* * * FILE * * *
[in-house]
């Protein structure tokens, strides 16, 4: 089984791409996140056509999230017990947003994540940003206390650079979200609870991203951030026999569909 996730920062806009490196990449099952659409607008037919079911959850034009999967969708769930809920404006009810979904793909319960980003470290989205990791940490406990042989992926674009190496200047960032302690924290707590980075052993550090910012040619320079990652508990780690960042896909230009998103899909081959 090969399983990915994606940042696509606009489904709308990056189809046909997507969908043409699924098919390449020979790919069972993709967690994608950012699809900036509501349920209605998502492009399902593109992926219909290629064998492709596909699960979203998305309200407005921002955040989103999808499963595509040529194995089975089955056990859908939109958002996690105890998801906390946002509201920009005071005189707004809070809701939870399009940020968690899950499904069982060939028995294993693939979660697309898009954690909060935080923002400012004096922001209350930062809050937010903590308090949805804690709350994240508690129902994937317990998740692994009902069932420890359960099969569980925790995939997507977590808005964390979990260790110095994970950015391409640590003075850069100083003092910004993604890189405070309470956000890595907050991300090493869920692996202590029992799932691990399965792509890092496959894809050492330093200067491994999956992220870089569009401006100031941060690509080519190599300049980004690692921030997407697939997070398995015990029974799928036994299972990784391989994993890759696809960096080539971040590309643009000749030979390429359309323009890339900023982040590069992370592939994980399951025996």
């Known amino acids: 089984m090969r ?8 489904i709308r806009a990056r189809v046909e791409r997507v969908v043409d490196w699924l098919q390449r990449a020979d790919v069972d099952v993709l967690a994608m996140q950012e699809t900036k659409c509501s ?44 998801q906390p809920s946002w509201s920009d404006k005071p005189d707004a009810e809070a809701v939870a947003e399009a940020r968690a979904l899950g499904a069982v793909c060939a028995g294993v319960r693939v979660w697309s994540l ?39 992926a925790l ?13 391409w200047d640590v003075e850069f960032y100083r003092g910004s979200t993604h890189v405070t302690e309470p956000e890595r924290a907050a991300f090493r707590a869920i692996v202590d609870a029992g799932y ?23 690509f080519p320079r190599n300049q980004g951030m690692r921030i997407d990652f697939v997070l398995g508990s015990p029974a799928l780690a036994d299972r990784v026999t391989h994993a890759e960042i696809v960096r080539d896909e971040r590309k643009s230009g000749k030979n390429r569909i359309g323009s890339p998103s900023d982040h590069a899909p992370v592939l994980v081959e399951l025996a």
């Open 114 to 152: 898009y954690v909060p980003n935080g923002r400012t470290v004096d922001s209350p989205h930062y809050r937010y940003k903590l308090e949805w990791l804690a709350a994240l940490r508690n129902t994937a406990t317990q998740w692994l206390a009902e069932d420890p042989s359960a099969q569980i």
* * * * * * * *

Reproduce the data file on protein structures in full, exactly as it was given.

[in-house]
């Protein structure tokens, strides 16, 4: 089984791409996140056509999230017990947003994540940003206390650079979200609870991203951030026999569909 996730920062806009490196990449099952659409607008037919079911959850034009999967969708769930809920404006009810979904793909319960980003470290989205990791940490406990042989992926674009190496200047960032302690924290707590980075052993550090910012040619320079990652508990780690960042896909230009998103899909081959 090969399983990915994606940042696509606009489904709308990056189809046909997507969908043409699924098919390449020979790919069972993709967690994608950012699809900036509501349920209605998502492009399902593109992926219909290629064998492709596909699960979203998305309200407005921002955040989103999808499963595509040529194995089975089955056990859908939109958002996690105890998801906390946002509201920009005071005189707004809070809701939870399009940020968690899950499904069982060939028995294993693939979660697309898009954690909060935080923002400012004096922001209350930062809050937010903590308090949805804690709350994240508690129902994937317990998740692994009902069932420890359960099969569980925790995939997507977590808005964390979990260790110095994970950015391409640590003075850069100083003092910004993604890189405070309470956000890595907050991300090493869920692996202590029992799932691990399965792509890092496959894809050492330093200067491994999956992220870089569009401006100031941060690509080519190599300049980004690692921030997407697939997070398995015990029974799928036994299972990784391989994993890759696809960096080539971040590309643009000749030979390429359309323009890339900023982040590069992370592939994980399951025996």
């Known amino acids: 089984m090969r ?8 489904i709308r806009a990056r189809v046909e791409r997507v969908v043409d490196w699924l098919q390449r990449a020979d790919v069972d099952v993709l967690a994608m996140q950012e699809t900036k659409c509501s ?44 998801q906390p809920s946002w509201s920009d404006k005071p005189d707004a009810e809070a809701v939870a947003e399009a940020r968690a979904l899950g499904a069982v793909c060939a028995g294993v319960r693939v979660w697309s994540l ?39 992926a925790l ?13 391409w200047d640590v003075e850069f960032y100083r003092g910004s979200t993604h890189v405070t302690e309470p956000e890595r924290a907050a991300f090493r707590a869920i692996v202590d609870a029992g799932y ?23 690509f080519p320079r190599n300049q980004g951030m690692r921030i997407d990652f697939v997070l398995g508990s015990p029974a799928l780690a036994d299972r990784v026999t391989h994993a890759e960042i696809v960096r080539d896909e971040r590309k643009s230009g000749k030979n390429r569909i359309g323009s890339p998103s900023d982040h590069a899909p992370v592939l994980v081959e399951l025996a």
């Open 114 to 152: 898009y954690v909060p980003n935080g923002r400012t470290v004096d922001s209350p989205h930062y809050r937010y940003k903590l308090e949805w990791l804690a709350a994240l940490r508690n129902t994937a406990t317990q998740w692994l206390a009902e069932d420890p042989s359960a099969q569980i």